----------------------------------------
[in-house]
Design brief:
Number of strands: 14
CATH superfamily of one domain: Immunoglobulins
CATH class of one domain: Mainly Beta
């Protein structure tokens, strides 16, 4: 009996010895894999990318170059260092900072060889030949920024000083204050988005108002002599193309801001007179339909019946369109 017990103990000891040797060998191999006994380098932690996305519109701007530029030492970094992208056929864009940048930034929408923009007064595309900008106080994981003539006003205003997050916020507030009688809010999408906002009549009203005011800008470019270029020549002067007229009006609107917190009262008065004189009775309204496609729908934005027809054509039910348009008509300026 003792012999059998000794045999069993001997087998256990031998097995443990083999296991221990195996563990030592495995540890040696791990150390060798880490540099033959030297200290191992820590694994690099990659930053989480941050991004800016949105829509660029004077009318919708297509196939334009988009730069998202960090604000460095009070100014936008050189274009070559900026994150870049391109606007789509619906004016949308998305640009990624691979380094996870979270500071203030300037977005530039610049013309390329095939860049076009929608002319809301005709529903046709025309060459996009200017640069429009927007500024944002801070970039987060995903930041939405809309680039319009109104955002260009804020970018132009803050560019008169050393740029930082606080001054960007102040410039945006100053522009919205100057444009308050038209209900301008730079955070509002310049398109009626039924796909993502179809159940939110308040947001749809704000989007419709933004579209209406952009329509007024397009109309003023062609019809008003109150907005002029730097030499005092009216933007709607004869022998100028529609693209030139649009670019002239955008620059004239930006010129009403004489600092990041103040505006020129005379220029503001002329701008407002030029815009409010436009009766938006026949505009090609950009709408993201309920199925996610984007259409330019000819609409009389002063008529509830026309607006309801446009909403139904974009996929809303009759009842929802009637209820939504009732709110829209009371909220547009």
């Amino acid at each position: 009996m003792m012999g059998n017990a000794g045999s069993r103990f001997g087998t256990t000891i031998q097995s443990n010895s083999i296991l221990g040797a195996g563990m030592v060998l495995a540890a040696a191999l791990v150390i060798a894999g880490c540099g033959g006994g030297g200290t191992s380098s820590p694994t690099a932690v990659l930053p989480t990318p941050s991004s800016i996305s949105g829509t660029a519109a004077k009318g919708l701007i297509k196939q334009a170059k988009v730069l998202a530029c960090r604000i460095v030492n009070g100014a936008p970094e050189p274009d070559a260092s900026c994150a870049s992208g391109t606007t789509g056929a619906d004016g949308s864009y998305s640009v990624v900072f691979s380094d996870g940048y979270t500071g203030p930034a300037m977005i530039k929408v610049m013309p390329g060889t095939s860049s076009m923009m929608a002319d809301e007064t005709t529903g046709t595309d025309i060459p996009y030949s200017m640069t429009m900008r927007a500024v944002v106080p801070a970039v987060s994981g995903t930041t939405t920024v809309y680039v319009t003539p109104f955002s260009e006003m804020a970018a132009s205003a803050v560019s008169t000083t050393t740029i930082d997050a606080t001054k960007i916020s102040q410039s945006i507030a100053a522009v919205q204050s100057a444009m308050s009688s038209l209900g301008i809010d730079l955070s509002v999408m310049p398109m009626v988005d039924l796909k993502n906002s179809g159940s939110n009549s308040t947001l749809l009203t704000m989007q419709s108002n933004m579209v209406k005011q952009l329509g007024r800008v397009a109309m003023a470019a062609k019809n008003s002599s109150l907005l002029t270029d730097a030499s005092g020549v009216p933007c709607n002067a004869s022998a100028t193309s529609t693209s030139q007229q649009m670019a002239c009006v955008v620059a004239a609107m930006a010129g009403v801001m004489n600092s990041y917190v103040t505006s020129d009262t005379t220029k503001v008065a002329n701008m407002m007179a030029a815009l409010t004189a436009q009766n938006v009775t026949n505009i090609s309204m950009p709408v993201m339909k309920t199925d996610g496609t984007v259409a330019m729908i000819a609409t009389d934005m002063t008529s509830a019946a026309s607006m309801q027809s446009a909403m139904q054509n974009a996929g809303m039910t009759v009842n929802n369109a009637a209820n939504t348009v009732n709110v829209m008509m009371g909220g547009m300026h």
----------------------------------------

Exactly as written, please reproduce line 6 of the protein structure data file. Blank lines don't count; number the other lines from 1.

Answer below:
């Protein structure tokens, strides 16, 4: 009996010895894999990318170059260092900072060889030949920024000083204050988005108002002599193309801001007179339909019946369109 017990103990000891040797060998191999006994380098932690996305519109701007530029030492970094992208056929864009940048930034929408923009007064595309900008106080994981003539006003205003997050916020507030009688809010999408906002009549009203005011800008470019270029020549002067007229009006609107917190009262008065004189009775309204496609729908934005027809054509039910348009008509300026 003792012999059998000794045999069993001997087998256990031998097995443990083999296991221990195996563990030592495995540890040696791990150390060798880490540099033959030297200290191992820590694994690099990659930053989480941050991004800016949105829509660029004077009318919708297509196939334009988009730069998202960090604000460095009070100014936008050189274009070559900026994150870049391109606007789509619906004016949308998305640009990624691979380094996870979270500071203030300037977005530039610049013309390329095939860049076009929608002319809301005709529903046709025309060459996009200017640069429009927007500024944002801070970039987060995903930041939405809309680039319009109104955002260009804020970018132009803050560019008169050393740029930082606080001054960007102040410039945006100053522009919205100057444009308050038209209900301008730079955070509002310049398109009626039924796909993502179809159940939110308040947001749809704000989007419709933004579209209406952009329509007024397009109309003023062609019809008003109150907005002029730097030499005092009216933007709607004869022998100028529609693209030139649009670019002239955008620059004239930006010129009403004489600092990041103040505006020129005379220029503001002329701008407002030029815009409010436009009766938006026949505009090609950009709408993201309920199925996610984007259409330019000819609409009389002063008529509830026309607006309801446009909403139904974009996929809303009759009842929802009637209820939504009732709110829209009371909220547009």